Sharp Knives

My Father was a Cabinet maker who began his apprenticeship in Germany when he was 14. Part of his apprenticeship included making tools and keeping them sharp. when I lived at home you could shave with many of our kitchen knives as well as all of my father's wood-working tools. He died of Parkinson disease. As the disease progressed his mind and his tools lost the razor edge they had held for more than 70 years. Today the knives in our kitchen are like those found in most kitchens: dull. The knives - like the memory of my father are all there - but they just aren't as sharp as they used to be.


I went to Jeff and Lori's wedding today. The rain stopped just before they took their vows and started again just as their were being introduced to us as Mr. and Mrs. G.
The big raindrops that landed on Lori and Jeff today will become, what we in NLP call, 'anchors' - a visceral reminder of the moment. I'm willing to bet that for the rest of their lives that when light afternoon rain drops land on their heads or shoulders they will be reminded of today.
Many marketers use anchors to help lock in their product or service experiences. McDonald's does it overtly with (collectible)toys in their kids meals. Disney brings cartoon characters to life that shake your hand and pose for pictures. Apple does it more discreetly - turning a device into an extension of you.

The next time it rains and you think of 'anchors' you'll understand better how great marketing and advertising works.


I'd say that Charlie loves routine as much as my wife hates routine. I'm more like Charlie than Michelle. For the last three months Michelle and I worked hard to get our home in Toronto ready to rent in April because we needed to move to Winnipeg. I tried my best to keep Charlie calm by respecting his routine: including feeding, down and walk times. To make a long story short we got through it all and now we're setting up a new life in Winnipeg where we'll help care for Michelle's father. And Charlie has become a different dog. In Toronto he was the cock of the walk, the dominant dog who challenged all comers. Here he's the new kid on the block, treads lightly and never strays far from my side or the house for that matter. It's been two weeks now and each day we walk the same 4 km. route to help him establish a new territory he can mark - and make his own. It's working. He's becoming more relaxed and walks with greater confidence and purpose. And we have to go around his territory counter-clockwise. Very important. Why? Please re-read the opening sentence.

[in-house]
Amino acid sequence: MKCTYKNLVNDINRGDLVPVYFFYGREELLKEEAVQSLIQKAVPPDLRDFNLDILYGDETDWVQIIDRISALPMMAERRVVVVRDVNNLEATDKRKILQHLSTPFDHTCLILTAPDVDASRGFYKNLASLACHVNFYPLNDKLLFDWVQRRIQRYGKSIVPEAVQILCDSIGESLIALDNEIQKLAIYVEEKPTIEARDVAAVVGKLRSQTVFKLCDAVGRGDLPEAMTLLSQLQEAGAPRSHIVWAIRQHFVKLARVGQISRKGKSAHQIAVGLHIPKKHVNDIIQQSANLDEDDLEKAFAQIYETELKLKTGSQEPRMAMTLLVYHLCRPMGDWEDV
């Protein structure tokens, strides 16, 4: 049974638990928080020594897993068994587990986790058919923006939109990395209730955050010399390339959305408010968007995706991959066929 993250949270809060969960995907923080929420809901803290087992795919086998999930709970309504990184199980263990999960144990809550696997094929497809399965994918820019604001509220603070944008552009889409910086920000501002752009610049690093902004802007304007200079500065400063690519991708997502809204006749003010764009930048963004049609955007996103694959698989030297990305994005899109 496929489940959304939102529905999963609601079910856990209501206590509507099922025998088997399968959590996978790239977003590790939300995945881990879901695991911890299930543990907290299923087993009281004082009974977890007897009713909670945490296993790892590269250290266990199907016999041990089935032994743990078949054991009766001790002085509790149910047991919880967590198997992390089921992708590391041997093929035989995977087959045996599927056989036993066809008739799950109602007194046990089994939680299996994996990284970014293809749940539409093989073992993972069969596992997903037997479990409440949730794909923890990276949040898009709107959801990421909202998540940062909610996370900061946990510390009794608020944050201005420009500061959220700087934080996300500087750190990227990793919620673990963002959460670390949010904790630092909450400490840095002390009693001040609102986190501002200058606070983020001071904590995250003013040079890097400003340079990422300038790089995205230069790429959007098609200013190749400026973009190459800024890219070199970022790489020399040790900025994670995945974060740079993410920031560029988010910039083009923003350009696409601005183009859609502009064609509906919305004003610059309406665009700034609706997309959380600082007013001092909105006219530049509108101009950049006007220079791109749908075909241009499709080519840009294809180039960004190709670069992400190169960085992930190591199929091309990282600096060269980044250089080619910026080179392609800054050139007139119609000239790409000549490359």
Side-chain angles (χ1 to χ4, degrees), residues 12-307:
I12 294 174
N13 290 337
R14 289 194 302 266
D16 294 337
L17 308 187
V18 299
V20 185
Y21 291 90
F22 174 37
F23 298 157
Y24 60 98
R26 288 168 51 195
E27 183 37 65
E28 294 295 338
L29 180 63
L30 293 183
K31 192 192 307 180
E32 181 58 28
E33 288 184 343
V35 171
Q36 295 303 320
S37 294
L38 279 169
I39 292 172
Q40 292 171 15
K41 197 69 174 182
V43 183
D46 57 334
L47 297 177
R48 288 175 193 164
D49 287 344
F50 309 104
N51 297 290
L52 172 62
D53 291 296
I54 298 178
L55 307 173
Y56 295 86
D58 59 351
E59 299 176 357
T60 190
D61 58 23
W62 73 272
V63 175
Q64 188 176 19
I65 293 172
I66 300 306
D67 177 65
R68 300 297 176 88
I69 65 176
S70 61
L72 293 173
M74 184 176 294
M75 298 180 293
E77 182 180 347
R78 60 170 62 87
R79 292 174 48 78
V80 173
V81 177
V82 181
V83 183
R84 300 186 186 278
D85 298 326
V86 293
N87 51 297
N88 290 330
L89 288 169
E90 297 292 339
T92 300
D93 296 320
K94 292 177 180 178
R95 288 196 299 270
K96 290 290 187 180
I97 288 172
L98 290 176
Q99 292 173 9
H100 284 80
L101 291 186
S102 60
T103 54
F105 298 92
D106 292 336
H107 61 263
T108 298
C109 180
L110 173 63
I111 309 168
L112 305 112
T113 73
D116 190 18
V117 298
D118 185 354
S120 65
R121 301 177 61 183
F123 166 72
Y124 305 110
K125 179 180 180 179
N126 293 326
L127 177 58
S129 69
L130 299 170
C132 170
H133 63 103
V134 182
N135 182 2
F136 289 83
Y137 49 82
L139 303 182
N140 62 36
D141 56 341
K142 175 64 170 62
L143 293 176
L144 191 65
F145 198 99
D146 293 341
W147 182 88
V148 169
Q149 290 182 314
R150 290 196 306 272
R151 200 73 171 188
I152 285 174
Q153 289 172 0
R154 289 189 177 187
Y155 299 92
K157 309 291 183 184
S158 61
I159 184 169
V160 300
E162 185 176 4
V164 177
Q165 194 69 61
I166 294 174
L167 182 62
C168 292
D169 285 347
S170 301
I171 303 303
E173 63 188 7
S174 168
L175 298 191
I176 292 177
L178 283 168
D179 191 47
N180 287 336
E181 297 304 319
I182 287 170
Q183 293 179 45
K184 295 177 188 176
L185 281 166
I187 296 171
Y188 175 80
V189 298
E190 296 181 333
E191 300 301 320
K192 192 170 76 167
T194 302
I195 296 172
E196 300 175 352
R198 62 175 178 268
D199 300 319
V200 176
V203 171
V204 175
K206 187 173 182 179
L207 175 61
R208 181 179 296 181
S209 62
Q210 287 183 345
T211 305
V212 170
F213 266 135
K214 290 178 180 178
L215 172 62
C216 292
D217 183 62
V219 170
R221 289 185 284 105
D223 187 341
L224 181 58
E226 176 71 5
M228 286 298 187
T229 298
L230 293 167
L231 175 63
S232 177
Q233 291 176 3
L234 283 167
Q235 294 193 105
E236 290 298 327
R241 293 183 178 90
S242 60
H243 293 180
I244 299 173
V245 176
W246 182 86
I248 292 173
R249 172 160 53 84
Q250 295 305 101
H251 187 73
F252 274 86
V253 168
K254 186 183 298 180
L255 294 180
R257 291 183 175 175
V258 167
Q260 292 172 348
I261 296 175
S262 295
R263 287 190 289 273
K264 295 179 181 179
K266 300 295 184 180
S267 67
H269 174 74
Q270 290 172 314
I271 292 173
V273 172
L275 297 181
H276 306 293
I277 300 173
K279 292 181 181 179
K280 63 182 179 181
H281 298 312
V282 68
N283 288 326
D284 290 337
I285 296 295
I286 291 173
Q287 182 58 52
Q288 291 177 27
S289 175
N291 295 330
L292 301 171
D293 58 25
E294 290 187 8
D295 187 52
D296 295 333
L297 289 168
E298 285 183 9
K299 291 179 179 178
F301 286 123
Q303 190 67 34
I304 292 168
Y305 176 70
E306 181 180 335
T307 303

Old Habits

Last week Charlie + I played our last game of snowballs for the season because the last of the spring snow is all gone. But if you go into the shaded forests that we like to walk through there are still some ice-paths; they're the summer paths that become the winter paths and over the course of the winter the snow on those paths turns to dense ice and is the last bit of winter to melt away.

On either side of these (six foot wide) ice-paths there's dried grass from last fall to walk on. But old habits die hard.

Charlie slips and slides along these ice-paths because . . . that's the path.

Sound familiar? Look familiar? Feel familiar?

Sometimes I too catch myself moving or thinking along an old path while there's often a better paths right in front of me.




We learn as we go

This is my creative muse Charlie. I was just teaching myself how to add pictures to my blog and - voila!  This picture was taken by a Piotr Organa here in Toronto, Canada. His specialty is dogs + cats. You can see much of his wonderful (published + unpublished) work here: